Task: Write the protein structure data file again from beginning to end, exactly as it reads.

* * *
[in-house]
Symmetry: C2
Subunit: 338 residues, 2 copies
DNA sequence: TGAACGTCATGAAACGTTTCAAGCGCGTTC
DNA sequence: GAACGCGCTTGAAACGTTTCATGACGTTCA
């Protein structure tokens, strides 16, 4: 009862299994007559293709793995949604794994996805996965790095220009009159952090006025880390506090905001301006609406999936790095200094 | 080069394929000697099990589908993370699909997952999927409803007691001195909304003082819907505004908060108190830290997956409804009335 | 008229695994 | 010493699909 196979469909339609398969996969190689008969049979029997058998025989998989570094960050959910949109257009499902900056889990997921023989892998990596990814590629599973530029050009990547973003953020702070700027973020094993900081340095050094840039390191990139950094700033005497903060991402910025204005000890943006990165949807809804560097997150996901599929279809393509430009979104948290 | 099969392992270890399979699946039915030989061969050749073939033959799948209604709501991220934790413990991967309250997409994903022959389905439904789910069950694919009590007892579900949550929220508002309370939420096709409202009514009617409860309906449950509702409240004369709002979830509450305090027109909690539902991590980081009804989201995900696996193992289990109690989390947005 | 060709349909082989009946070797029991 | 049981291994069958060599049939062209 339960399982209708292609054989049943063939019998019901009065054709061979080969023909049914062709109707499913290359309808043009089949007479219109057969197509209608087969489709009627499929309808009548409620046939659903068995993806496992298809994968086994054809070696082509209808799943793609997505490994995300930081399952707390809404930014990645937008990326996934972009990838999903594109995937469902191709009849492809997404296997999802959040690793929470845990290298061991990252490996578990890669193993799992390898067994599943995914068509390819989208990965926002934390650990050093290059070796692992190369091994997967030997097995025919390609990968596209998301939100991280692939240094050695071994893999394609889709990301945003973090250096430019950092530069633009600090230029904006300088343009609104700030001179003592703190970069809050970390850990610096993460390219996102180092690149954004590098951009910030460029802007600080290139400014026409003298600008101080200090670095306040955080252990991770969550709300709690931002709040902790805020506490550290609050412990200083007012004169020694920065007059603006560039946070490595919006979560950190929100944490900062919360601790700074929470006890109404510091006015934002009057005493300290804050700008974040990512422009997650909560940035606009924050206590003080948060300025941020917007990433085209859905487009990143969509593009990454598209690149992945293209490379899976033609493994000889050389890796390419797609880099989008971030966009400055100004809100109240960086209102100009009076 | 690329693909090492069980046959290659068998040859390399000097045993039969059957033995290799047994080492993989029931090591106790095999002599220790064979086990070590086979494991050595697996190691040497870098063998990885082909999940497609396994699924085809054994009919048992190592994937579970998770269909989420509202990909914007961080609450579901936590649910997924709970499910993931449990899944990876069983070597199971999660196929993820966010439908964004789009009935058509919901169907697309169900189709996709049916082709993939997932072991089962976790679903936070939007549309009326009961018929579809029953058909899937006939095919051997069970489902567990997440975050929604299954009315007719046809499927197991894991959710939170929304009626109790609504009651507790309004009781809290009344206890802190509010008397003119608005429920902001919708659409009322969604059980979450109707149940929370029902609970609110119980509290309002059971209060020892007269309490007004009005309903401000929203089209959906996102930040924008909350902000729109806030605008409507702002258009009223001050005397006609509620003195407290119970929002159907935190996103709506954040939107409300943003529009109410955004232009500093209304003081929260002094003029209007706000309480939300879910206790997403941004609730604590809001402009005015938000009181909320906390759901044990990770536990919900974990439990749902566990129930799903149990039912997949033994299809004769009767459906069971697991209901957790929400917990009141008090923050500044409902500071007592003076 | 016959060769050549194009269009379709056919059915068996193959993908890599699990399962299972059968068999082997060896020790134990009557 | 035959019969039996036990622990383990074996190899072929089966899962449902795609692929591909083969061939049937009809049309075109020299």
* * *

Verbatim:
[in-house]
Symmetry: C2
Subunit: 338 residues, 2 copies
DNA sequence: TGAACGTCATGAAACGTTTCAAGCGCGTTC
DNA sequence: GAACGCGCTTGAAACGTTTCATGACGTTCA
């Protein structure tokens, strides 16, 4: 009862299994007559293709793995949604794994996805996965790095220009009159952090006025880390506090905001301006609406999936790095200094 | 080069394929000697099990589908993370699909997952999927409803007691001195909304003082819907505004908060108190830290997956409804009335 | 008229695994 | 010493699909 196979469909339609398969996969190689008969049979029997058998025989998989570094960050959910949109257009499902900056889990997921023989892998990596990814590629599973530029050009990547973003953020702070700027973020094993900081340095050094840039390191990139950094700033005497903060991402910025204005000890943006990165949807809804560097997150996901599929279809393509430009979104948290 | 099969392992270890399979699946039915030989061969050749073939033959799948209604709501991220934790413990991967309250997409994903022959389905439904789910069950694919009590007892579900949550929220508002309370939420096709409202009514009617409860309906449950509702409240004369709002979830509450305090027109909690539902991590980081009804989201995900696996193992289990109690989390947005 | 060709349909082989009946070797029991 | 049981291994069958060599049939062209 339960399982209708292609054989049943063939019998019901009065054709061979080969023909049914062709109707499913290359309808043009089949007479219109057969197509209608087969489709009627499929309808009548409620046939659903068995993806496992298809994968086994054809070696082509209808799943793609997505490994995300930081399952707390809404930014990645937008990326996934972009990838999903594109995937469902191709009849492809997404296997999802959040690793929470845990290298061991990252490996578990890669193993799992390898067994599943995914068509390819989208990965926002934390650990050093290059070796692992190369091994997967030997097995025919390609990968596209998301939100991280692939240094050695071994893999394609889709990301945003973090250096430019950092530069633009600090230029904006300088343009609104700030001179003592703190970069809050970390850990610096993460390219996102180092690149954004590098951009910030460029802007600080290139400014026409003298600008101080200090670095306040955080252990991770969550709300709690931002709040902790805020506490550290609050412990200083007012004169020694920065007059603006560039946070490595919006979560950190929100944490900062919360601790700074929470006890109404510091006015934002009057005493300290804050700008974040990512422009997650909560940035606009924050206590003080948060300025941020917007990433085209859905487009990143969509593009990454598209690149992945293209490379899976033609493994000889050389890796390419797609880099989008971030966009400055100004809100109240960086209102100009009076 | 690329693909090492069980046959290659068998040859390399000097045993039969059957033995290799047994080492993989029931090591106790095999002599220790064979086990070590086979494991050595697996190691040497870098063998990885082909999940497609396994699924085809054994009919048992190592994937579970998770269909989420509202990909914007961080609450579901936590649910997924709970499910993931449990899944990876069983070597199971999660196929993820966010439908964004789009009935058509919901169907697309169900189709996709049916082709993939997932072991089962976790679903936070939007549309009326009961018929579809029953058909899937006939095919051997069970489902567990997440975050929604299954009315007719046809499927197991894991959710939170929304009626109790609504009651507790309004009781809290009344206890802190509010008397003119608005429920902001919708659409009322969604059980979450109707149940929370029902609970609110119980509290309002059971209060020892007269309490007004009005309903401000929203089209959906996102930040924008909350902000729109806030605008409507702002258009009223001050005397006609509620003195407290119970929002159907935190996103709506954040939107409300943003529009109410955004232009500093209304003081929260002094003029209007706000309480939300879910206790997403941004609730604590809001402009005015938000009181909320906390759901044990990770536990919900974990439990749902566990129930799903149990039912997949033994299809004769009767459906069971697991209901957790929400917990009141008090923050500044409902500071007592003076 | 016959060769050549194009269009379709056919059915068996193959993908890599699990399962299972059968068999082997060896020790134990009557 | 035959019969039996036990622990383990074996190899072929089966899962449902795609692929591909083969061939049937009809049309075109020299």